Minneapolis-based Inbound Health has raised $30 million to further develop and sell what's often called "hospital-at-home" technology.
Medical centers are experimenting with these systems in hopes of shortening certain inpatient stays. Hospitals say they can discharge some patients more quickly if their homes are outfitted with monitoring equipment and caregivers make regular visits.
Inbound Health, which announced the series B funding on Wednesday, is commercializing a system that was first developed at Minneapolis-based Allina Health System.
"We are excited to embark on this next phase of growth with the strong backing of our investors," said Dave Kerwar, CEO of Inbound Health, in a statement.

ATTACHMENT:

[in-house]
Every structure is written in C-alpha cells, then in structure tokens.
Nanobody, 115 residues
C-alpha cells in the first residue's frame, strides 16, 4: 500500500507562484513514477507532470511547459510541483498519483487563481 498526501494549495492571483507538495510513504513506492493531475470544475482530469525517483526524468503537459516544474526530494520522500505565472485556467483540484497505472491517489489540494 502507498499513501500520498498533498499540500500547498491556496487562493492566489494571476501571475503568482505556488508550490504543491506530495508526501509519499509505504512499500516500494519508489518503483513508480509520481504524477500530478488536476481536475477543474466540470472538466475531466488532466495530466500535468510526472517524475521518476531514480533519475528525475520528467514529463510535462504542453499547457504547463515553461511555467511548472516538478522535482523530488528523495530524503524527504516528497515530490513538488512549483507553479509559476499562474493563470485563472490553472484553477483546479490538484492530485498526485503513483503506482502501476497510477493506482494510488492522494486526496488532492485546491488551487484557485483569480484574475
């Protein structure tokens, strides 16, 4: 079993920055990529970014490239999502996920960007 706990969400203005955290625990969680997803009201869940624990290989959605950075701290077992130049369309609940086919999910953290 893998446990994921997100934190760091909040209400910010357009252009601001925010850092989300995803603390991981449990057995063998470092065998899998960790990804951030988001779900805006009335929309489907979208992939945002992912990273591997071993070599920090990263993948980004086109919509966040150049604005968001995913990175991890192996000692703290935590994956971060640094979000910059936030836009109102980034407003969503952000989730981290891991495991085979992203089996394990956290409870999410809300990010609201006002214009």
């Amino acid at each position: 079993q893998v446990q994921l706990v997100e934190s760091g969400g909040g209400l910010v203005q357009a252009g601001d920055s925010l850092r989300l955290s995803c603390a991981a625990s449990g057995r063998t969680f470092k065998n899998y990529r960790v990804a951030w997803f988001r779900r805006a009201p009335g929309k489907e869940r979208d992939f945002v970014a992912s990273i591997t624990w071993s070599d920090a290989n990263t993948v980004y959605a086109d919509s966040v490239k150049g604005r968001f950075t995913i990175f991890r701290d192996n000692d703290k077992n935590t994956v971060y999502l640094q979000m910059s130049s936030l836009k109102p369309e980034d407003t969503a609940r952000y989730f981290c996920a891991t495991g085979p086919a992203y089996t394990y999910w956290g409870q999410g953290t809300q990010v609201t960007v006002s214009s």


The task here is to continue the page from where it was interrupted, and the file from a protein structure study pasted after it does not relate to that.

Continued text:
The investment is the latest sign of commercial interest in the technology programs.
In March, Richfield-based Best Buy announced a partnership with a health system in North Carolina to develop hospital-at-home technology. In 2021, Mayo Clinic and a California-based health system jointly invested $100 million in a home-hospital system.
The new funding for Inbound Health was led by HealthQuest Capital, a California-based venture capital and private equity firm. It includes more money from existing investors Flare Capital Partners and McKesson Ventures.